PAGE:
Friday, 7 July 2017

Read With Pride - Guest Post by Simon James Green

June, if you didn't know, was the month of pride and the wonderful team at Scholastic decided to create their own #ReadWithPride campaign to celebrate pride in books. 🌈

For this celebration, today on my blog I have a brilliant and insightful guest post by Simon James Green, author of the hilarious Noah Can't Even.

Poor Noah Grimes! His father disappeared years ago, his mother's Beyonce tribute act is an unacceptable embarrassment, and his beloved gran is no longer herself. He only has one friend, Harry, and school is...Well, it's pure HELL. Why can't Noah be normal, like everyone else at school? Maybe if he struck up a romantic relationship with someone - maybe Sophie, who is perfect and lovely - he'd be seen in a different light? But Noah's plans are derailed when Harry kisses him at a party. That's when things go from bad to utter chaos.

Take it away Simon...

Why I wrote a LGBT+ novel
Boys who fall in love with boys. It’s every bit as exciting, messy and brilliant as boys who fall in love with girls. Or vice versa. Or girls who fall in love with other girls. And yet, the boys who happen to like other boys, and the girls who happen to like other girls, will almost certainly have a harder time of it. Stonewall put out statistics on homophobic bulling in schools fairly regularly, and whilst there may have been a small decline in some cases recently, it’s still horribly prevalent. It takes many forms: verbal and physical abuse, gossip, being isolated and ignored, to sexual assault and even being threatened with a weapon. Half of LGBT pupils hear homophobic language ‘frequently’; one in ten trans pupils are subjected to death threats; 84% of trans young people have self-harmed, as have 61% of lesbian, gay and bi young people who aren’t trans. There is clearly still a major problem. We can clearly do so much better. And we have to. We must.

How nice would it be for two lads to be able to hold hands at lunchtime or have a kiss and cuddle around the back of the sports hall like their straight mates? Hard for that to happen though, when the insults fly and you don’t know if you’re going to end up with a black eye as a result of it. It’s great that many schools are actively taking action to stamp out incidents of bullying, but the atmosphere still exists. And while it does, showing affection towards the person you love is difficult. I read the Stonewall School Reports and I just want to take those LGBT students and somehow make everything better for them. Sadly, I can’t quite do that. But I wanted to do something; play some sort of part.

When I decided to write an LGBT novel, there were two things on my mind. First, I wanted to write something for LGBT teens that showed their lives in a positive, happy light (for the most part!) Gay or straight, there are going to be ups and downs in affairs of the heart, but I didn’t want Noah Can’t Even to be gloomy or downbeat about two boys liking each other and the process of coming out. Showing that you can be happy, that things can work out well, is incredibly important… and true, for that matter. And to that teen going through hell at school because he’s gay and getting bullied because of it, I wanted to say that it gets better, he’ll be OK, and he’s not alone, while acknowledging (as the book hopefully does), that the difficulties faced are very real. Of course, that isn’t enough, but if there isn’t at least hope, then I’m not sure there’s very much left in some cases.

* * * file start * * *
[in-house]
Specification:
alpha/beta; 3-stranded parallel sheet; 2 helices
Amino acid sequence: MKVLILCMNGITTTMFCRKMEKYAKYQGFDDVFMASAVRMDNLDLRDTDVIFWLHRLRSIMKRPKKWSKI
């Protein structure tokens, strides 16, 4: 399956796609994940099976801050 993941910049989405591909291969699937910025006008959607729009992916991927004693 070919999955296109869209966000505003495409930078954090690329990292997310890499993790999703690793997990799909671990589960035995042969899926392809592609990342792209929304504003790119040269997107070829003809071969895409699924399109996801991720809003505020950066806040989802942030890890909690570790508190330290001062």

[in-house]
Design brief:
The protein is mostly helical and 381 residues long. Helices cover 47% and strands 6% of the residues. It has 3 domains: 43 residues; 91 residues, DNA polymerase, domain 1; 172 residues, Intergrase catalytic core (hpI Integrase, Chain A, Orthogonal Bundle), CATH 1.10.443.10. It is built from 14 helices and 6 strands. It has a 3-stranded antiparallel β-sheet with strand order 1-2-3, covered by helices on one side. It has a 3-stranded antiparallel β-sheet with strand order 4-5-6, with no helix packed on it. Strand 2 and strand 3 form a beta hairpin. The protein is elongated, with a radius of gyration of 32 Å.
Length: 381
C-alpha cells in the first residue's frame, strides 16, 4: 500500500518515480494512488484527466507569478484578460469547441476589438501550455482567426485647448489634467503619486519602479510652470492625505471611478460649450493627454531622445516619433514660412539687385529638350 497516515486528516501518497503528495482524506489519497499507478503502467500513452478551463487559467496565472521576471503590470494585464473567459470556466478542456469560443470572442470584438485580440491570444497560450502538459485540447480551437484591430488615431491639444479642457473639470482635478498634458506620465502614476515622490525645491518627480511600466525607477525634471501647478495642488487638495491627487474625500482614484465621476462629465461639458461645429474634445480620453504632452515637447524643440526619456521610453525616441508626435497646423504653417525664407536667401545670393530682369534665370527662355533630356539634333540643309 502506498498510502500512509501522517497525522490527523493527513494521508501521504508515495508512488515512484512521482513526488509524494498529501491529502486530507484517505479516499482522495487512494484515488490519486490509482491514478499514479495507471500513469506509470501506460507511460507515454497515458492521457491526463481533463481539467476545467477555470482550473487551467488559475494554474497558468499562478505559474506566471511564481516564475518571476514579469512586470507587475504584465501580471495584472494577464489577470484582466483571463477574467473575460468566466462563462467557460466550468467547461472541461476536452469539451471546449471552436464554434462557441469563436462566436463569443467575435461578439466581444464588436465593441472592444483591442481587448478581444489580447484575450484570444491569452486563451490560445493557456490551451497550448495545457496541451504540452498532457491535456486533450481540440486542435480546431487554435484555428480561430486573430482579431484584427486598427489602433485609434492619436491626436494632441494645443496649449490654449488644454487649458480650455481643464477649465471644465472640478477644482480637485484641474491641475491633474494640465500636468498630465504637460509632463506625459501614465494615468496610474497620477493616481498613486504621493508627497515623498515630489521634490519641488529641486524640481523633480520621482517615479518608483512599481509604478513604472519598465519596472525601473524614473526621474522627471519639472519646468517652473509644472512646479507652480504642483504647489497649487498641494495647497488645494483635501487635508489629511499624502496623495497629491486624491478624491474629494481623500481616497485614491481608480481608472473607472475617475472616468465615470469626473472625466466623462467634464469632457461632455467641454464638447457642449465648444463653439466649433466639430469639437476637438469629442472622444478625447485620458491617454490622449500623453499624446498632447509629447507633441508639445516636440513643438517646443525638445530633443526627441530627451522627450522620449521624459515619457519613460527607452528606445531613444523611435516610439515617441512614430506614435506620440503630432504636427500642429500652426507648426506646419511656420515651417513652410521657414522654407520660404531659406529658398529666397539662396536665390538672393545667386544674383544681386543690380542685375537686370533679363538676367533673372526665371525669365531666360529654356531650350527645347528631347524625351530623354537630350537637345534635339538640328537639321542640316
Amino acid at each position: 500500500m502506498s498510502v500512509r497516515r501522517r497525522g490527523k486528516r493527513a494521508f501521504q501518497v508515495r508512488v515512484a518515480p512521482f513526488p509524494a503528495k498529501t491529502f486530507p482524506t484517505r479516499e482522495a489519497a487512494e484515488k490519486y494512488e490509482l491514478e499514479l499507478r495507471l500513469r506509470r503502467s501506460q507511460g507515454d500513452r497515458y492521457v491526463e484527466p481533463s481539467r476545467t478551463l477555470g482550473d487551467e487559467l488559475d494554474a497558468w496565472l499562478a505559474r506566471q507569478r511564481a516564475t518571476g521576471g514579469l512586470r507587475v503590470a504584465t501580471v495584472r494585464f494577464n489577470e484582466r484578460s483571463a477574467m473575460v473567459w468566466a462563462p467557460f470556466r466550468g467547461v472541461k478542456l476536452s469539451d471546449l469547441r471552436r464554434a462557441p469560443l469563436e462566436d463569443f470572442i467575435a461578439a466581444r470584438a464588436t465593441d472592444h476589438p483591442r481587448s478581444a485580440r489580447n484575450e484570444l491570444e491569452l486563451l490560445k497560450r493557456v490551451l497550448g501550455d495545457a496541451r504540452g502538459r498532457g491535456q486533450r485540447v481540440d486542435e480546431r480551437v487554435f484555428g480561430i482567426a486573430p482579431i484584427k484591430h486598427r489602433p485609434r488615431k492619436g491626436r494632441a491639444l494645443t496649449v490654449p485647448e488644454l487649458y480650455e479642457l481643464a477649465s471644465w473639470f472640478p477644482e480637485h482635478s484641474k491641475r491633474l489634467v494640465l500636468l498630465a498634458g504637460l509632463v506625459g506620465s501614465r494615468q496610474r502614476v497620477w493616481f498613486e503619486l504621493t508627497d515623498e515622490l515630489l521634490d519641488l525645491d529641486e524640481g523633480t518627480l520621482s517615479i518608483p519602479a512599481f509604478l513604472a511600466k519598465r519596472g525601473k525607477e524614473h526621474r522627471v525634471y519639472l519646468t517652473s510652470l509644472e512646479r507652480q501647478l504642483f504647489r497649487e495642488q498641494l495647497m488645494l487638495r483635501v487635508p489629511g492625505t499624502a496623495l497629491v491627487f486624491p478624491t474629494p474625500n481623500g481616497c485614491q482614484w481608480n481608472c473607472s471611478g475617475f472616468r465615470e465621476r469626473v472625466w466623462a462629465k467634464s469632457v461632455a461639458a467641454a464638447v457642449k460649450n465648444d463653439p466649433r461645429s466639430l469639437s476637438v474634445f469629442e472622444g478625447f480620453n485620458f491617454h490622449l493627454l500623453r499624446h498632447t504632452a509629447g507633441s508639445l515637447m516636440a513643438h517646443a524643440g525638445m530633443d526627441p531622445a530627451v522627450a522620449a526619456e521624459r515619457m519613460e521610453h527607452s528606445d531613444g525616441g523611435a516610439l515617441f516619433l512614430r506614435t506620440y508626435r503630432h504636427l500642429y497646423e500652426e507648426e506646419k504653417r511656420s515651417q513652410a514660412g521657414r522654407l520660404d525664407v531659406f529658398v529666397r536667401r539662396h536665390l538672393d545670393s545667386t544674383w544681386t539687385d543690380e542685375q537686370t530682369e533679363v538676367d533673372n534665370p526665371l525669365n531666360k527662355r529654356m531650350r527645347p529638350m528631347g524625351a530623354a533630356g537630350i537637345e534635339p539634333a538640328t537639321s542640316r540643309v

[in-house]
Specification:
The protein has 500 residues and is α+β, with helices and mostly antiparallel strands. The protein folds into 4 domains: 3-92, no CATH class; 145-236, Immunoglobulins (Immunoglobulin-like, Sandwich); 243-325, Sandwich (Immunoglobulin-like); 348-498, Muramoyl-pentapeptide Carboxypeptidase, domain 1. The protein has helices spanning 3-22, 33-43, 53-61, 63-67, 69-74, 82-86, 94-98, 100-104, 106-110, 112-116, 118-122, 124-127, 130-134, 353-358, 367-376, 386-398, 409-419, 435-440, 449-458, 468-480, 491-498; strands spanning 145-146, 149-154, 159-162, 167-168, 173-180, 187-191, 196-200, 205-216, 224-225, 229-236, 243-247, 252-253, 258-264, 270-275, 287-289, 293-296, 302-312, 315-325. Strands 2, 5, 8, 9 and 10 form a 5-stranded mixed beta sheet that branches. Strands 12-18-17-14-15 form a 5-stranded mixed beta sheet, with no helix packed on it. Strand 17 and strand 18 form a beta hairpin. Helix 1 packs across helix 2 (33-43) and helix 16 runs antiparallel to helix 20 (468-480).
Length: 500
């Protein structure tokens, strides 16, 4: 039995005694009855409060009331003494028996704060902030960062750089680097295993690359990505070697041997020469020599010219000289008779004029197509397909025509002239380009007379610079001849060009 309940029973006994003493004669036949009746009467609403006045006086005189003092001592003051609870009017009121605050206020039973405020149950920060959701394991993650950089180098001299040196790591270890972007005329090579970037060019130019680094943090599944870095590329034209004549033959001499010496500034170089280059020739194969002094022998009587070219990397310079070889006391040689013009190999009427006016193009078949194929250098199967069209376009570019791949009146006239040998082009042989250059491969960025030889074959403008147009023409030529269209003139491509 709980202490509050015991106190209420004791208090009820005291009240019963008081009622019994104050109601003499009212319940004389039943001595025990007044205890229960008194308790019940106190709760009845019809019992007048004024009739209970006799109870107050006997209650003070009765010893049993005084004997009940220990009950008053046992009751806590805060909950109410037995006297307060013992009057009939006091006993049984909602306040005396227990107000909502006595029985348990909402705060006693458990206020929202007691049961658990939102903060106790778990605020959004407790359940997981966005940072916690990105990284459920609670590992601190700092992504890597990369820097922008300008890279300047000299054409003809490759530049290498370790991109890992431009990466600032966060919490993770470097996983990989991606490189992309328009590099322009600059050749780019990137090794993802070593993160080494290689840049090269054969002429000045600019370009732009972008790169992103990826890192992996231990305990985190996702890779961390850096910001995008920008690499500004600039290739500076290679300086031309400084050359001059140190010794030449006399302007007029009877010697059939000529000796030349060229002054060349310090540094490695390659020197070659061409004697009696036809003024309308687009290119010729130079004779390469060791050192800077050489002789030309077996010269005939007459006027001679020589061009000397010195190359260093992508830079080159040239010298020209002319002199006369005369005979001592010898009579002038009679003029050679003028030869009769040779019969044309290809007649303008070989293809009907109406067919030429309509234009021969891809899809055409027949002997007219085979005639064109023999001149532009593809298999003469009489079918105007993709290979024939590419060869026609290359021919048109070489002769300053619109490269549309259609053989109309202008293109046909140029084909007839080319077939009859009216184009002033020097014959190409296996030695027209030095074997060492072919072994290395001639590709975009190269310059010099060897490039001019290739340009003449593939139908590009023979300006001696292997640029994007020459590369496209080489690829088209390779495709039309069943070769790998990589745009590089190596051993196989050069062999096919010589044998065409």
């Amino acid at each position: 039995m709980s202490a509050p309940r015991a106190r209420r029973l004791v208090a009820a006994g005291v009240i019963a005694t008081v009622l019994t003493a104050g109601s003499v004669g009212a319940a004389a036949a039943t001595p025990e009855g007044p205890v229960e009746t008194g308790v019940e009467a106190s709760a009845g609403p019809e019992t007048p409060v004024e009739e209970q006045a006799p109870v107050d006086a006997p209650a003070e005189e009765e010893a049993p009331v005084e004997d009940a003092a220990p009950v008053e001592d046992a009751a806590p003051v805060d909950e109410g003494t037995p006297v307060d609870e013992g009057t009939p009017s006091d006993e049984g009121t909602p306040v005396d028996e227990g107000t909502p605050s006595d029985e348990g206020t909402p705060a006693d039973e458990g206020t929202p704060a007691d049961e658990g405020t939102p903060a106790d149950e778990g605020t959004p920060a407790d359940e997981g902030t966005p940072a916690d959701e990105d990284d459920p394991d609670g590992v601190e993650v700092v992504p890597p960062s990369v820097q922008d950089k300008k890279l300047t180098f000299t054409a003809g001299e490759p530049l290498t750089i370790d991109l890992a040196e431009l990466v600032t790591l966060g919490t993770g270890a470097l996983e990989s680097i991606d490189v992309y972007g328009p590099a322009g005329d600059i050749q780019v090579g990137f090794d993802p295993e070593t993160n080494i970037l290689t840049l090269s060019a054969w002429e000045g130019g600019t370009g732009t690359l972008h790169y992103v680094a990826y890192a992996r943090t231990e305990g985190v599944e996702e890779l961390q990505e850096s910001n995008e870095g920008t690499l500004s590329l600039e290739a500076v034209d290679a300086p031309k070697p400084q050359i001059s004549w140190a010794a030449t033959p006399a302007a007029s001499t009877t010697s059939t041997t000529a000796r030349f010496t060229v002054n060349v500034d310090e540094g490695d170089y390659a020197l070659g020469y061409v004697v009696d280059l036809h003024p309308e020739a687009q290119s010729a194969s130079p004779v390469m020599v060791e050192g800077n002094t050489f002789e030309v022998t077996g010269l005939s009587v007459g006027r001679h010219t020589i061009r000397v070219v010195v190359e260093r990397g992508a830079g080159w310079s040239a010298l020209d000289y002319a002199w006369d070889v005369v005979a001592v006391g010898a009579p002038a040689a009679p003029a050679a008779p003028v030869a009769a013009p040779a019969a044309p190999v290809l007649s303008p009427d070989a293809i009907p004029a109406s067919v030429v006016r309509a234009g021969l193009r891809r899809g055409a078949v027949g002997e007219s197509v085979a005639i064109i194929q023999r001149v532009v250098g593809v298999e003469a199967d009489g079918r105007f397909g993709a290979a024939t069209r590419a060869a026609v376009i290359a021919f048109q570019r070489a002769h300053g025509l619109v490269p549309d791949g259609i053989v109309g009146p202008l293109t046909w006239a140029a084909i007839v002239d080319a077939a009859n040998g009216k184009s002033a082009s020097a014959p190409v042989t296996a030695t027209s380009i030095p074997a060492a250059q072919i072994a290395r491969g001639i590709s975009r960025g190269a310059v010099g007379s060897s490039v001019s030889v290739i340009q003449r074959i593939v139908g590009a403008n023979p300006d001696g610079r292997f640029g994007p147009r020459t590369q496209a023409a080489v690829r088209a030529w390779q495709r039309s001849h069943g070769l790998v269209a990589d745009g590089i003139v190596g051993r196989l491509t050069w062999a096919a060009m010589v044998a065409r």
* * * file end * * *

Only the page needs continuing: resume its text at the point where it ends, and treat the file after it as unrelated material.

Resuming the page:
The other thing on my mind was showing two boys getting it on in exactly the same way as a heterosexual pair might, in all its awkward, embarrassing, messy, tender glory. The message was a simple one: it’s exactly the same. Get over it and stop giving those kids a hard time. You like who you like, and you can’t help it. Most of the cast in Noah Can’t Even are trying to navigate their own messy lives – and isn’t that the point? Your teenage years can be hard enough, without making them harder. Everyone is going through their own private hell – why not be a bit kinder to each other?

What I’ve really noticed is how LGBT books do make a difference. From the teens I’ve spoken to, in schools, bookshops and social media, there is real support, genuine interest and a thirst for more. And that’s from all teens, not only LGBT ones. Having Noah Can’t Even join the ranks of those books which open up that debate, form a focus for discussion, and provide some support to those who see themselves represented in its pages, is a humbling thing. I’ve had young people ask me what the book is about and seen their eyes light up when I mention the LGBT themes. They want these stories. Let’s give them more. Let’s be part of something that chips away at the hate and turns the tide. We have to make things better. We’ve got to. We shall.


Thank you, Simon for taking the time to write this lovely piece & thank you, Olivia at Scholastic for inviting me to take part in this campaign!
Be sure to check out #ReadWithPride on twitter for even more bookish posts!

About the author:

I’m an author and screenwriter and I sometimes do a bit of directing too. I actually did a Law degree at Cambridge University, but decided I loved writing and directing too much to go and be a lawyer. I’ve worked on lots of West End shows including The Rocky Horror Show, Rent and West Side Story and I’ve also directed Hollyoaks for Lime Pictures / C4. I write screenplays with my good friend Sarah Counsell, including Rules of Love, a feature-length musical rom-com for the BBC, which has since sold around the world. Noah Can’t Even was selected for the Society of Children’s Book Writers and Illustrators ‘Undiscovered Voices’ competition in 2016 and it’s my first novel.

Find Simon here: Twitter | Website | Goodreads |
Purchase Noah Can't Even: Amazon | Waterstones | Book Depository

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